The integration modules segment the genome by 5mC and 5hmC signal per sample on the basis of overlapping signal, and/or by differential 5mC and 5hmC signal per comparison (Supplementary Table S3). For example, as in the sample module, integration of 5mC and 5hmC in the IDH2mut_2 sample shows that low levels of 5mC occur in very different regions relative to CpG islands than either 5hmC or high 5mC (Supplementary Fig. S4F). Integrating the DMRs and DhMRs from the IDH2 mutant versus NBM comparison reveals regions of joint differential methylation and hydroxymethylation, and we observe that regions of hyper-5mC and hypo-5hmC (with respect to IDH2 mutation) occur primarily at CpG islands, shores, and shelves (Supplementary Fig. S4G), as well as in promoters and exons of genic regions (Supplementary Fig. S4H).
Annotation and genome browser tracks
To facilitate hypothesis generation and biological interpretation, results from each module are annotated to genomic features using the annotatr Bioconductor package (15). Default genomic features include CpG features (islands, shores, shelves, and open sea), genic features [1–5 kb upstream of TSS, promoter (<1 kb upstream of TSS), 5′UTR, exons, introns, and 3′UTR], enhancers, and lncRNAs.
The R session, summary tables, and plots tailored to the input data are saved, and users may reload them to further investigate the genomic annotations, summarize the data differently, alter default plots, or generate new plots (Fig. 1D and E; Supplementary Figs. S4–S6). UCSC Genome Browser tracks are generated and arranged in a track hub folder for seamless viewing (Fig. 1F; Supplementary Fig. S5; see Supplementary Video S3 for an overview of results, annotations, and browser tracks).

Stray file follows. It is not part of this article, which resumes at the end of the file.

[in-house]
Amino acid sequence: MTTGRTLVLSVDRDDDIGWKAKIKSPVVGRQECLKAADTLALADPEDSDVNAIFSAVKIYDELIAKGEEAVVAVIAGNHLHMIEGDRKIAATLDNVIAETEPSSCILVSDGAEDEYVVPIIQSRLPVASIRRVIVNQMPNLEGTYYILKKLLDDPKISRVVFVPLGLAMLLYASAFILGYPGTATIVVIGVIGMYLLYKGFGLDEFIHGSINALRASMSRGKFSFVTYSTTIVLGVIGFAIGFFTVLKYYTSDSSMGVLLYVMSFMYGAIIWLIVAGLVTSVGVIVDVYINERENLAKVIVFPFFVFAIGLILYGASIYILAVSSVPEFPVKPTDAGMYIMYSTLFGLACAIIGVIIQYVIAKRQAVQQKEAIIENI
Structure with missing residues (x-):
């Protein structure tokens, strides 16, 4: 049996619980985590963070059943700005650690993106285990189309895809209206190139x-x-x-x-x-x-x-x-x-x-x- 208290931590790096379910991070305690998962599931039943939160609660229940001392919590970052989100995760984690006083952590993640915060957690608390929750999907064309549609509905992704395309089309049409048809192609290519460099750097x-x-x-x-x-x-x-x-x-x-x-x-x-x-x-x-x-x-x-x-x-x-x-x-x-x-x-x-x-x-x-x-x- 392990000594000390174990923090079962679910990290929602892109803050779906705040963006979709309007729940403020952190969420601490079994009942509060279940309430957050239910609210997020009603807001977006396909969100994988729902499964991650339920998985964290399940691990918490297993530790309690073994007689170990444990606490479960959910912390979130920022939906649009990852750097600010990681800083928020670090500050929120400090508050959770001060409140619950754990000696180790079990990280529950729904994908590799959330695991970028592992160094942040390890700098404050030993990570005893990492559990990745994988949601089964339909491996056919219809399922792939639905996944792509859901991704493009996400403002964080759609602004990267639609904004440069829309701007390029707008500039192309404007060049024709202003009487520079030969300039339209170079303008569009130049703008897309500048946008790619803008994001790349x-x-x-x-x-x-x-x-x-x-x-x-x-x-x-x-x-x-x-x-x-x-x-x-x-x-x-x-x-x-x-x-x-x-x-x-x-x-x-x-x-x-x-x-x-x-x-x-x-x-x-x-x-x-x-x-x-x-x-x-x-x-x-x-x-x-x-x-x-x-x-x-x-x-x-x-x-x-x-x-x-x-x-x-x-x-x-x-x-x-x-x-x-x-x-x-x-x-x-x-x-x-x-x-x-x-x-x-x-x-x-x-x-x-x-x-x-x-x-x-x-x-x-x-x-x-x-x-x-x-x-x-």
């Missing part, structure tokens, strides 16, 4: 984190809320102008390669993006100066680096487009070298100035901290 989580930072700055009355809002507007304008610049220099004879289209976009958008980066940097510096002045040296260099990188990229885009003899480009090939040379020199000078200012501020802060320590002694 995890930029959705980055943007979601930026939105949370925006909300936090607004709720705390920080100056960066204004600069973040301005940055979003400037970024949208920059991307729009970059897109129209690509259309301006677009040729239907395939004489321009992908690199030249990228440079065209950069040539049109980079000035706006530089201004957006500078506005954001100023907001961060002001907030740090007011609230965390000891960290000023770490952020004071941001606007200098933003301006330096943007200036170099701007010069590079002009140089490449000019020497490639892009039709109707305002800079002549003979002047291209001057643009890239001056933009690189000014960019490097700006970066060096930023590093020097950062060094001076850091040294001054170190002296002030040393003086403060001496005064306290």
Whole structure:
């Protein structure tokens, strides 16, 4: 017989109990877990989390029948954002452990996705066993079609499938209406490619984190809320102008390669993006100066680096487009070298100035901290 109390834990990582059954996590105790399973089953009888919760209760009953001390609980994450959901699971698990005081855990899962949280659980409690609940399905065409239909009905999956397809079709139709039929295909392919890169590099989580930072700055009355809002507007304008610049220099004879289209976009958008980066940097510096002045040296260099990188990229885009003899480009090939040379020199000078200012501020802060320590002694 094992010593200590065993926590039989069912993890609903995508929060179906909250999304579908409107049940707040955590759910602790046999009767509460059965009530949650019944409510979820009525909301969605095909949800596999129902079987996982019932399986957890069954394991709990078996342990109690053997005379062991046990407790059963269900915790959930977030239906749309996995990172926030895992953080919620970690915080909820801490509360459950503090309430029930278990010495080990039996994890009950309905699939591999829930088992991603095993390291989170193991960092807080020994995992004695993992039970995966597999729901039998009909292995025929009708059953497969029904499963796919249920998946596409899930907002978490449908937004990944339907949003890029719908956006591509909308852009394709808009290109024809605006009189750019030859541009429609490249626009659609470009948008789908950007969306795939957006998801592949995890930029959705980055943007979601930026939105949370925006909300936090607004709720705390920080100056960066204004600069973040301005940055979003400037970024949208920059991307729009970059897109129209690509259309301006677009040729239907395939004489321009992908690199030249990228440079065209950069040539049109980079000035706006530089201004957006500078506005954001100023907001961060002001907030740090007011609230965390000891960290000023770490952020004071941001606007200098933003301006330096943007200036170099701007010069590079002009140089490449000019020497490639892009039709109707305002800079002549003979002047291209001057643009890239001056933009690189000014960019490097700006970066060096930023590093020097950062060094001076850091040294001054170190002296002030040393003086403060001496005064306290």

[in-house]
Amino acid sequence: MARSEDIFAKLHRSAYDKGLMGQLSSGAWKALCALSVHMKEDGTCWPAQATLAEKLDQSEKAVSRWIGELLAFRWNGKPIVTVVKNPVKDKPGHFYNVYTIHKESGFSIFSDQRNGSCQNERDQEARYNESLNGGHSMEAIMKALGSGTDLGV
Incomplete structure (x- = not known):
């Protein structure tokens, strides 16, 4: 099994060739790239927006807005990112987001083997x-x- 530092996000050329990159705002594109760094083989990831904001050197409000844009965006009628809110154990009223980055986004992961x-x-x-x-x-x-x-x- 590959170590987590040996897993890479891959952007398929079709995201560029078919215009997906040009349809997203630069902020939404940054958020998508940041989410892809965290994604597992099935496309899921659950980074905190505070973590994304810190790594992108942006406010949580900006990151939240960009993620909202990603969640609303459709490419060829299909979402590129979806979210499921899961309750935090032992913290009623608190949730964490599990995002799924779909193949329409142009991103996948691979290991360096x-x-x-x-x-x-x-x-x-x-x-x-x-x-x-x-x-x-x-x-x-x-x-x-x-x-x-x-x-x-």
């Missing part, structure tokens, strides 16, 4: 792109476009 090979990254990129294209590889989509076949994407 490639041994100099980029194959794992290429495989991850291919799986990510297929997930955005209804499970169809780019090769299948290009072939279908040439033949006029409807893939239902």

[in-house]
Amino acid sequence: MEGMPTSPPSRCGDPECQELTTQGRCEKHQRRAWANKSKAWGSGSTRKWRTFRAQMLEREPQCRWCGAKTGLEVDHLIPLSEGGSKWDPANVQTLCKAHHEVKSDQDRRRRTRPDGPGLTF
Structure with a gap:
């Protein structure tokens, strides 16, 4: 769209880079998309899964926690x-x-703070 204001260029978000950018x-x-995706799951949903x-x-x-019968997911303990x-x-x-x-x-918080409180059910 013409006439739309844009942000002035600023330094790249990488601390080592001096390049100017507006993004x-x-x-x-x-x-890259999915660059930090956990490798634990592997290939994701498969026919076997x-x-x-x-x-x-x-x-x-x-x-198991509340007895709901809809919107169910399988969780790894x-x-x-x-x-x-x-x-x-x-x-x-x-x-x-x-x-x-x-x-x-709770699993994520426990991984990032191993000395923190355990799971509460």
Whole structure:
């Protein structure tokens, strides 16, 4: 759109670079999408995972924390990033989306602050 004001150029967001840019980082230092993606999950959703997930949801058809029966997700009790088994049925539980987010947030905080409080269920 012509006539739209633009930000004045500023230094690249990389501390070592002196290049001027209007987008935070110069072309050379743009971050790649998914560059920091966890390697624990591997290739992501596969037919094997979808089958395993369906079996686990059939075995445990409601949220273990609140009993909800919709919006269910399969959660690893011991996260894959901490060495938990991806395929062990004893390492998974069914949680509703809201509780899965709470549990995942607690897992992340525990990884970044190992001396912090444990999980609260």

We developed the mint pipeline to jointly analyze 5-methylcytosine and 5-hydroxymethylcytosine signals in silico to better understand the biological roles of each epigenetic mark. The pipeline enables users to focus on optimizing parameters and interpreting experiments rather than interfacing with 10 or more tools. The genomic annotations and default graphical outputs enable users to discover enriched features and associations that may have otherwise gone unexplored (e.g., overall hypomethylation of CpG islands intersecting introns). Thus, mint streamlines data exploration and hypothesis generation, leading to discoveries that might otherwise be overlooked.
The modular design of mint facilitates 5mC and 5hmC integration, but also supports analysis of WGBS, RRBS, hMe-DIP, or Me-DIP, etc., experiments alone. Users can run mint on small pilot data and later add more samples without having to rerun previous samples. Furthermore, its modularity allows users to stop and extract data at any step and continue with a different program. If oxBS-seq and TAB-seq become more widely adopted, implementing support for them will be straightforward due to mint's modular implementation.
Here, we presented mint using a small AML dataset, but are also using mint to analyze 5mC and 5hmC in a set of 36 head and neck squamous cell carcinoma samples, and experiments studying bisphenol-A effects on aging in mice. Regardless of context, the mint pipeline facilitates complex, comprehensive analyses of genome-wide methylation and hydroxymethylation data, enabling new biological discoveries.
Disclosure of Potential Conflicts of Interest
No potential conflicts of interest were disclosed.
Conception and design: R.G. Cavalcante, Y. Park, L.S. Rozek, M.A. Sartor
Development of methodology: R.G. Cavalcante, Y. Park, M.A. Sartor
Analysis and interpretation of data (e.g., statistical analysis, biostatistics, computational analysis): R.G. Cavalcante, L.S. Rozek
Writing, review, and/or revision of the manuscript: R.G. Cavalcante, S. Patil, Y. Park, L.S. Rozek, M.A. Sartor
Administrative, technical, or material support (i.e., reporting or organizing data, constructing databases): R.G. Cavalcante, S. Patil
Study supervision: M.A. Sartor
We thank Maria Figueroa for her helpful suggestions in the development of the mint pipeline.
This work was funded by NCI grant number R01 CA158286-S1 to S. Patil, Y. Park, L.S. Rozek, and M.A. Sartor and the National Institute of General Medical Sciences Bioinformatics Training Grant (T32 GM070499 to R.G. Cavalcante).